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Wikipedia have pulled HAH references .
Contrast this and the treatment of Earth hour there.
Whose infiltrating the Wick ??????
Earth Hour is a bit silly, but it is not as silly as this petty "Human Achievement Hour". It's really a kind of vandalism. There are other reasons not to needlessly use electric lighting. One of them is that the overuse of electric lighting has greatly diminished our ability to enjoy the night sky, something which was remarked upon by our host in Sorry Wrong Number. So it is irritating that some group of philistines think it is clever to do something like that merely to spite the green movement (and leaves one to suspect that this attitude would persist outside of Earth Hour). Light pollution is a genuine environmental disaster that is a blight on all of our lives that some it seems fail to appreciate.
Unfortunately, I see that one of those people is Anthony Watts of the Watts Up With That blog.
I think the reaction to "Human Achievement Hour" (HAH) depends on your perception of the Green movement. If you see the Green movement as a bunch of amateurish do-gooders trying to raise public awareness then HAH might look spiteful. But if you see the Green movement as a well-organised lobby group that is particularly adept at influencing and manipulating politicians, then Earth Hour looks a lot more sinister and HAH is a reasonable response.
Evidence for the latter interpretation is given on WWF's website:
"In Bonn on Sunday, UN climate chief Yvo de Boer, the head of the UN Framework Convention on Climate Change (UNFCCC), told delegates from nearly 190 nations:
"Earth Hour was probably the largest public demonstration on climate change ever. Its aim was to tell every government representative to seal the deal in Copenhagen.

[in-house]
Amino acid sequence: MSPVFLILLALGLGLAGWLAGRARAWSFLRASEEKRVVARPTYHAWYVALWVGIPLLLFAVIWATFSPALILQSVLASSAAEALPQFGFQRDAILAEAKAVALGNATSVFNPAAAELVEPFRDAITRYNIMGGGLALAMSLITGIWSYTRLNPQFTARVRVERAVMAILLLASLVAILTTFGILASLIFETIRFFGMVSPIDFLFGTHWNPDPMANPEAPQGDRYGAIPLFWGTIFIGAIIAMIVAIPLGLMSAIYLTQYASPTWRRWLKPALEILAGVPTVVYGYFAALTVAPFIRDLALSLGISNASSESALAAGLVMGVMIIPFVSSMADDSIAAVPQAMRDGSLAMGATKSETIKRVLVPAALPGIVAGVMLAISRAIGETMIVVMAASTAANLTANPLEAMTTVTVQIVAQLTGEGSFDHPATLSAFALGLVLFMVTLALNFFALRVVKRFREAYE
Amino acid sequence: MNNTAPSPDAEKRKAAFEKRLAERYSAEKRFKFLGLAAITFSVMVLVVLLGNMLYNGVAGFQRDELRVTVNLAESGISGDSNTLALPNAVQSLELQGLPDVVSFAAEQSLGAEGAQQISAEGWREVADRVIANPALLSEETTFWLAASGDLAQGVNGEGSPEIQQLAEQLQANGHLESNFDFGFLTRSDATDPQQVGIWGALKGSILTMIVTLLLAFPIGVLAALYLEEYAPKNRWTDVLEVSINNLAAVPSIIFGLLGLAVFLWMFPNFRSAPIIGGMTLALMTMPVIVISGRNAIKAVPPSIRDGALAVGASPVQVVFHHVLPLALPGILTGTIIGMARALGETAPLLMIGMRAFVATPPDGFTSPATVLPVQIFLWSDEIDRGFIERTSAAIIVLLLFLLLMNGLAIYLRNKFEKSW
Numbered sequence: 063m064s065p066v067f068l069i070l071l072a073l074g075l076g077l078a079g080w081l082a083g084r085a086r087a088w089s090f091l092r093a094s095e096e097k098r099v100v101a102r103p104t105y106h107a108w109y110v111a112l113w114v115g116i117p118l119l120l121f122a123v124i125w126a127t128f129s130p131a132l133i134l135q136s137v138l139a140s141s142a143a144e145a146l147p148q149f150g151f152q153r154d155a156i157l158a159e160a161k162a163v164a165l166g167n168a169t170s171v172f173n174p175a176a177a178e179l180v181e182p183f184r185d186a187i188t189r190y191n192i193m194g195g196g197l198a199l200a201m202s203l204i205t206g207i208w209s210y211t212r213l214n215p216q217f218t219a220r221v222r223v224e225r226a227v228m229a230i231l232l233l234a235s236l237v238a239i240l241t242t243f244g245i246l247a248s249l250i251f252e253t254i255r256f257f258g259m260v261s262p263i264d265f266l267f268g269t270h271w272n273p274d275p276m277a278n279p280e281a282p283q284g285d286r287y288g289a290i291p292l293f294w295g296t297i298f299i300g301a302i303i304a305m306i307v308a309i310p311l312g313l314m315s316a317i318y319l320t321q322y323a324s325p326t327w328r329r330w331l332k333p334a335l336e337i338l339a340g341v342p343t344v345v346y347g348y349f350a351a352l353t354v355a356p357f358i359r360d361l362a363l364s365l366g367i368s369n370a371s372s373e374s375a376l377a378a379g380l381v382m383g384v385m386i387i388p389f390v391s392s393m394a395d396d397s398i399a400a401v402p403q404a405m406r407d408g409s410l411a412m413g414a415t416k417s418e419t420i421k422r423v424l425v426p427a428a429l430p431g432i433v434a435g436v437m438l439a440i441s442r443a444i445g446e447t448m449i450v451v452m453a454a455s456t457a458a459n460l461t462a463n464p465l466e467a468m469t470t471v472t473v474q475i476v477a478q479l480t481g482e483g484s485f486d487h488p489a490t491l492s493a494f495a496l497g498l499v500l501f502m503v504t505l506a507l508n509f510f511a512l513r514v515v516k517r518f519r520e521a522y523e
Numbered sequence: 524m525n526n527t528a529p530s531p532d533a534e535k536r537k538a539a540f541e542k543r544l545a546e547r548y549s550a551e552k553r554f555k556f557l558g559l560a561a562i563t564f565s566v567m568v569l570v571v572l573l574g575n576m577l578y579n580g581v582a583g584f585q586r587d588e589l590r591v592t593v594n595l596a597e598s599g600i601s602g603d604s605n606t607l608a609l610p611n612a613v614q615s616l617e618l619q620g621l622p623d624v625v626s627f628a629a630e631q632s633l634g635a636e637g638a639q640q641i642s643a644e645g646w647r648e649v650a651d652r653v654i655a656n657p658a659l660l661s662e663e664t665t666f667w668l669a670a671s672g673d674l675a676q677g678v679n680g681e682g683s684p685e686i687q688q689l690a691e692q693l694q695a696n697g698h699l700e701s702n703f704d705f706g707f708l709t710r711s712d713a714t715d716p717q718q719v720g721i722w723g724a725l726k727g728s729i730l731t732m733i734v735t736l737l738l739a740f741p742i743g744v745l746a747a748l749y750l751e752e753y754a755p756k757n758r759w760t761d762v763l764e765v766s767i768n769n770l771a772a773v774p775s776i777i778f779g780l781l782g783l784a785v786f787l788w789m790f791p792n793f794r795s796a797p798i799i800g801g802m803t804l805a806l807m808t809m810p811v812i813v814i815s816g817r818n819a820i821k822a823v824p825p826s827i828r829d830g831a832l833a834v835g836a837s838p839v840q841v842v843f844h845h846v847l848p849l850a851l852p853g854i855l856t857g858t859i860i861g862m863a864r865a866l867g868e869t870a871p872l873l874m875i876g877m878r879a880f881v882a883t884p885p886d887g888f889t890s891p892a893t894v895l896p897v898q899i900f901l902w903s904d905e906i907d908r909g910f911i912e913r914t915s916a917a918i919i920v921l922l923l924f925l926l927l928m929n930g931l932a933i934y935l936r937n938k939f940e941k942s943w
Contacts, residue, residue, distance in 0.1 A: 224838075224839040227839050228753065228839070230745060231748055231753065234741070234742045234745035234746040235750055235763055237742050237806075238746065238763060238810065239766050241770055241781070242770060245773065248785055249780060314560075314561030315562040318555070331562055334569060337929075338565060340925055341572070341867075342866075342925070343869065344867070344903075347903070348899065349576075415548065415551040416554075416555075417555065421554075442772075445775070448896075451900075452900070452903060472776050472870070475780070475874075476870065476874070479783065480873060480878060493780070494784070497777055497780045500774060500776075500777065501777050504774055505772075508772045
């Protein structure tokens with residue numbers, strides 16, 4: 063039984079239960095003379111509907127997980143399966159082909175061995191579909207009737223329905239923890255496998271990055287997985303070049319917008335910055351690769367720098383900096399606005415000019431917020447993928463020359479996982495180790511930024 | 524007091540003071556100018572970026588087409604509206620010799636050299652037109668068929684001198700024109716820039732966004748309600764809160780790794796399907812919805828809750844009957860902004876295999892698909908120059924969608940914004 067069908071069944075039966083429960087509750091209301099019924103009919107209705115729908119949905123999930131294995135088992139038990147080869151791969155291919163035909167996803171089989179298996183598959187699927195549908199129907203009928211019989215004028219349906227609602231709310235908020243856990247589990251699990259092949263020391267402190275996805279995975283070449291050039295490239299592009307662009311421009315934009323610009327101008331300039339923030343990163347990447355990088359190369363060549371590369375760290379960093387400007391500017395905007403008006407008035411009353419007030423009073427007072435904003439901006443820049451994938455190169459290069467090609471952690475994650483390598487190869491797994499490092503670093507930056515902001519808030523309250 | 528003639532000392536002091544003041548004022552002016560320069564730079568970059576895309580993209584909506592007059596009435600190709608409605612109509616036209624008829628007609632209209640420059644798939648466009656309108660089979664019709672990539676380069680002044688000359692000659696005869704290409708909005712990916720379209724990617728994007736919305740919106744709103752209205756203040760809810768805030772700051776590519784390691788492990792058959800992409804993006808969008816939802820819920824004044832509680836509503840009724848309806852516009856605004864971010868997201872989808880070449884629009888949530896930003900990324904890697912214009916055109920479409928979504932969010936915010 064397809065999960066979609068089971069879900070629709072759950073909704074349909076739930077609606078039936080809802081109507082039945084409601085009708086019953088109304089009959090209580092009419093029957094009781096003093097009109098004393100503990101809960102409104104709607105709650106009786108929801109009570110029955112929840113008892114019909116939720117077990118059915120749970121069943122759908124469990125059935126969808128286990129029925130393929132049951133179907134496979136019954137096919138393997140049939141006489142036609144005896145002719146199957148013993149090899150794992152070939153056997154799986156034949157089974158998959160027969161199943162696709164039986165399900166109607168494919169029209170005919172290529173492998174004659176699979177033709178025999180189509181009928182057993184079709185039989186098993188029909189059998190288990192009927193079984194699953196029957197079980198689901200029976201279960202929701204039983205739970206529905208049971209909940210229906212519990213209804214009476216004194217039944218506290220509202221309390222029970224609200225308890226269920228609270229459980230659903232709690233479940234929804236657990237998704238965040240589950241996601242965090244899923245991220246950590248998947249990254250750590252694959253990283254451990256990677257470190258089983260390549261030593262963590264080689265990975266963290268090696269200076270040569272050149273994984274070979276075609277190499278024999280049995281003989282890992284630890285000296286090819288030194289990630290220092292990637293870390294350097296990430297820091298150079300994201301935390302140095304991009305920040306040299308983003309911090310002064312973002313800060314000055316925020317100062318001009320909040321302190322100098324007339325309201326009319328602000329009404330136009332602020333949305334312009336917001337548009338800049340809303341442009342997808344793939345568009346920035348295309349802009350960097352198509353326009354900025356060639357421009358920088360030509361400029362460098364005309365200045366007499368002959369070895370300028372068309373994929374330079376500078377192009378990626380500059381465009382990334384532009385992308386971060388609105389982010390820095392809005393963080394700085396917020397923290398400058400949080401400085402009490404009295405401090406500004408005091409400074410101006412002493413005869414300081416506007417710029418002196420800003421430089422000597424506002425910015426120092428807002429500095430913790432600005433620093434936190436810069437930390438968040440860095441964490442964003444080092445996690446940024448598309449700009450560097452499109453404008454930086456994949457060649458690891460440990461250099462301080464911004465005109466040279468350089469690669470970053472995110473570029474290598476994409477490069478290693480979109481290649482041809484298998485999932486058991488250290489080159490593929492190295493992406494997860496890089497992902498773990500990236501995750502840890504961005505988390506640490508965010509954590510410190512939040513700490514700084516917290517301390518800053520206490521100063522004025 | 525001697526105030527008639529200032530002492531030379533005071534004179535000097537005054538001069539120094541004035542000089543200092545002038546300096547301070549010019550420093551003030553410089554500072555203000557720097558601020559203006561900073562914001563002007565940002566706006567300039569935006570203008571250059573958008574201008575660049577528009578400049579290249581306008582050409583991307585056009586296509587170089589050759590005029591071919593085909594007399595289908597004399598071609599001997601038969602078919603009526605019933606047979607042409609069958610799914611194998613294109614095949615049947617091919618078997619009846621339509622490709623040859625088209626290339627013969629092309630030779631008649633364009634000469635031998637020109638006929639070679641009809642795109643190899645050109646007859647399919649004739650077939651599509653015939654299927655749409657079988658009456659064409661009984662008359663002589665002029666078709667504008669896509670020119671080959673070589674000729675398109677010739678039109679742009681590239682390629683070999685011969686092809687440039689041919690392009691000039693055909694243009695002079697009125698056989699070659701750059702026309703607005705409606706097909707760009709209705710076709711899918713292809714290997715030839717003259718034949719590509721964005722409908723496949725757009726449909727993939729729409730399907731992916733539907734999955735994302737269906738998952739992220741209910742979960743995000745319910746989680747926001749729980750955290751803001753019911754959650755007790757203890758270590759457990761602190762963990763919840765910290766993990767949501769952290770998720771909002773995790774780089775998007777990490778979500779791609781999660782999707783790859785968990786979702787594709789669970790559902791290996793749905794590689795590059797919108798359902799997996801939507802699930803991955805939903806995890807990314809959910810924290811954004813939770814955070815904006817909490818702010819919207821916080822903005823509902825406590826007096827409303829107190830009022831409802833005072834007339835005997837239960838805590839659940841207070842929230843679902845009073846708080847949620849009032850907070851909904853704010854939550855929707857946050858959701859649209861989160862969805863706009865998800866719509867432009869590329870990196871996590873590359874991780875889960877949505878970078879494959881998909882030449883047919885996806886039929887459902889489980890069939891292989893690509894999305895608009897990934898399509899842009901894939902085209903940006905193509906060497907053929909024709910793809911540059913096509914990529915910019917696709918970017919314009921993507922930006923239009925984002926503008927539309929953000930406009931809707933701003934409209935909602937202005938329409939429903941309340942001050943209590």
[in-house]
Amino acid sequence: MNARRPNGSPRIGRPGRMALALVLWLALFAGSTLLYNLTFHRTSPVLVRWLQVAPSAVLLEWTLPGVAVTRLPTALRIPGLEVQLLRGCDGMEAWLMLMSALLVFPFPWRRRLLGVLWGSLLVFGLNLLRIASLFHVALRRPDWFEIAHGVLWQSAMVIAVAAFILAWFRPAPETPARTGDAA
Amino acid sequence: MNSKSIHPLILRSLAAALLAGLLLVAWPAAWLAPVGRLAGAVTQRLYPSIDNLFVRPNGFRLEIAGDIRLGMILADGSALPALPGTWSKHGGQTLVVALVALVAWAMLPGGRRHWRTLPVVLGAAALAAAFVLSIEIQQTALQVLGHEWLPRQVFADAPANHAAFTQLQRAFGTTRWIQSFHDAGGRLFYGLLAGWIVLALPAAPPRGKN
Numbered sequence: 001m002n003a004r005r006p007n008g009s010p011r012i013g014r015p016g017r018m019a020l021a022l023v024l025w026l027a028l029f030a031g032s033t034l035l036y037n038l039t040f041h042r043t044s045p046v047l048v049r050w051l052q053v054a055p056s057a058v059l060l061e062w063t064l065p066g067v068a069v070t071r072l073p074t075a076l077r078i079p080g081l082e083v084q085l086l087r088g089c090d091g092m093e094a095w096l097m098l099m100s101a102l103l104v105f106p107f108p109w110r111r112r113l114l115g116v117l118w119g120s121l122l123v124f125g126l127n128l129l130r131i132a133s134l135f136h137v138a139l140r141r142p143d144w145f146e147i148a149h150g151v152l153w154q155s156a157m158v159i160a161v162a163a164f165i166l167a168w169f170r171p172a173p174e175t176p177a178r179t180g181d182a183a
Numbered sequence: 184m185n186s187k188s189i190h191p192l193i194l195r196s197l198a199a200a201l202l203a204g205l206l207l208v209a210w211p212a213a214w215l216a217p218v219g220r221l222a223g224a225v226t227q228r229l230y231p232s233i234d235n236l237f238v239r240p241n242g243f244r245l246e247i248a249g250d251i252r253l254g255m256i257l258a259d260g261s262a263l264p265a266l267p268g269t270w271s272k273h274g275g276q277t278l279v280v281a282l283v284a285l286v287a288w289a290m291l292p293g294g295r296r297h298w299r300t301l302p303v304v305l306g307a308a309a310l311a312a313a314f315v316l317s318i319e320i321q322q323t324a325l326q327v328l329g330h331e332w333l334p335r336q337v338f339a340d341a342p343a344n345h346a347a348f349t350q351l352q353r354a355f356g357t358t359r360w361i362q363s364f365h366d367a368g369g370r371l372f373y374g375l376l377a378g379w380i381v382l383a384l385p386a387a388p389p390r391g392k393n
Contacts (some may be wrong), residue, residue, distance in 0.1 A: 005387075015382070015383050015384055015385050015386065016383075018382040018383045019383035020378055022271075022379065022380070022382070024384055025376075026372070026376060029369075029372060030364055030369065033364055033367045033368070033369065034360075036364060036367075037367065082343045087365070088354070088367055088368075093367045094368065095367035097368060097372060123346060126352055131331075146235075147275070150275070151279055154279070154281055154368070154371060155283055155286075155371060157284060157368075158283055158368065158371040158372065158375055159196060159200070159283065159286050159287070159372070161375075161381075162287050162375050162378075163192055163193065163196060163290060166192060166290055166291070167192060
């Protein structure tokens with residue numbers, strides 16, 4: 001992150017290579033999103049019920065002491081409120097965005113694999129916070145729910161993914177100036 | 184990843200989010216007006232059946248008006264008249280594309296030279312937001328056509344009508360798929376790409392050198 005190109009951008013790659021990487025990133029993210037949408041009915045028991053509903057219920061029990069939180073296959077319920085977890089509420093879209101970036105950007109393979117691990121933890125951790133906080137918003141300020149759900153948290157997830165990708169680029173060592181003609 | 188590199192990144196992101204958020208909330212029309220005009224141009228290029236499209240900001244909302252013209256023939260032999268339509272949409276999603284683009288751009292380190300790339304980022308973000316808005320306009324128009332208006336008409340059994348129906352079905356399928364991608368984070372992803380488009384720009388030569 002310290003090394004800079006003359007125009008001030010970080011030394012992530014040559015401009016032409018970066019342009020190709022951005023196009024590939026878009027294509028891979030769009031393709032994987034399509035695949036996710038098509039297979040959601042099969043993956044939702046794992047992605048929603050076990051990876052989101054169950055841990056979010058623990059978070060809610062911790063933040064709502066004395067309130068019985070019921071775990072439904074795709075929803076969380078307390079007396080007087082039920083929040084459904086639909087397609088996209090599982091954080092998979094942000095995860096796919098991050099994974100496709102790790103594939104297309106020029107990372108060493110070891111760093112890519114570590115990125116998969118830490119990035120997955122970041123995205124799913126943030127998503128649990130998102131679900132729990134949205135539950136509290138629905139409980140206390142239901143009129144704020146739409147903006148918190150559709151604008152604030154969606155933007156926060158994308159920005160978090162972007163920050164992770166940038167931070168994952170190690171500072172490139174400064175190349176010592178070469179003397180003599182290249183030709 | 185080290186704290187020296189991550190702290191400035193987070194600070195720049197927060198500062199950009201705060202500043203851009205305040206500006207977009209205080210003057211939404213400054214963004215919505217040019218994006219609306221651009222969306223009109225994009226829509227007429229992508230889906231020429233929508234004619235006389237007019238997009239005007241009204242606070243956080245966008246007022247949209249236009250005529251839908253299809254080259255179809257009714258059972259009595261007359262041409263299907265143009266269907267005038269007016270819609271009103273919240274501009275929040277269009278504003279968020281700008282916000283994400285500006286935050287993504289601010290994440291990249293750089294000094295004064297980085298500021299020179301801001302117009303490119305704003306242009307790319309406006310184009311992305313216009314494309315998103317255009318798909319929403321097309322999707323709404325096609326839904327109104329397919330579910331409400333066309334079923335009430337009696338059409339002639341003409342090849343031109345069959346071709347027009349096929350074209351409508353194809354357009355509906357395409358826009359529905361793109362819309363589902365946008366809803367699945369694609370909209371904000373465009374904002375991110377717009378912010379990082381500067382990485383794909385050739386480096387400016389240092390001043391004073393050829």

”The world’s concerned citizens have given the negotiations an additional clear mandate.""
Light pollution is certainly not good for people with an interest in astronomy but I don't think it entirely arises because people are wasteful about electricity. In the UK lots of lights are left on at night in an attempt to deter burglars.
As an example of my point that lights are often left on at night to deter burglars, here's a news story where Essex County Council bowed to Green pressure and are conducting a trial where street lights in a few towns are switched off after midnight.
According to local residents, the switch-off has resulted in an effective 'curfew on women' and an increase in the number of burglaries.
OT: At Oregon State, we had "light corridors" for people to follow at night to help prevent attacks on woman. One odd characteristic of these lights was that they would often go out as you came into their field.
This got them named "rape lights".
I have long argued that switching off street lighting after a certain time or making lighting more intelligent (and traffic lights) would help.... why light unused streets? (why wait at red lights when there is no contending traffic?)
The problem is that one shouldn't do things in isolation nor should one neglect the law of unintended (but not unanticipated) consequences.
The examples quoted above should be enough to have clued the authorities in as to what consequences might be expected and instead of appointing zillions of zealots to collect spot fines from people who drop bits of meat pie that are instantly hoovered up by passing seagulls (and bio-degradable anyway) they should have sent out a covey of "street wardens" like the link-men of old.
Maybe they could even have diverted some police from catching speeding motorists and TV licence evaders to old fashioned street policing.
Of course, the real intent of this exercise was actually to justify spending (I'll think of a reason why some time, I'm just supposing this must be the case or they'd surely have done the job better) a fortune on street lighting and hence the negative effects were actually counted upon.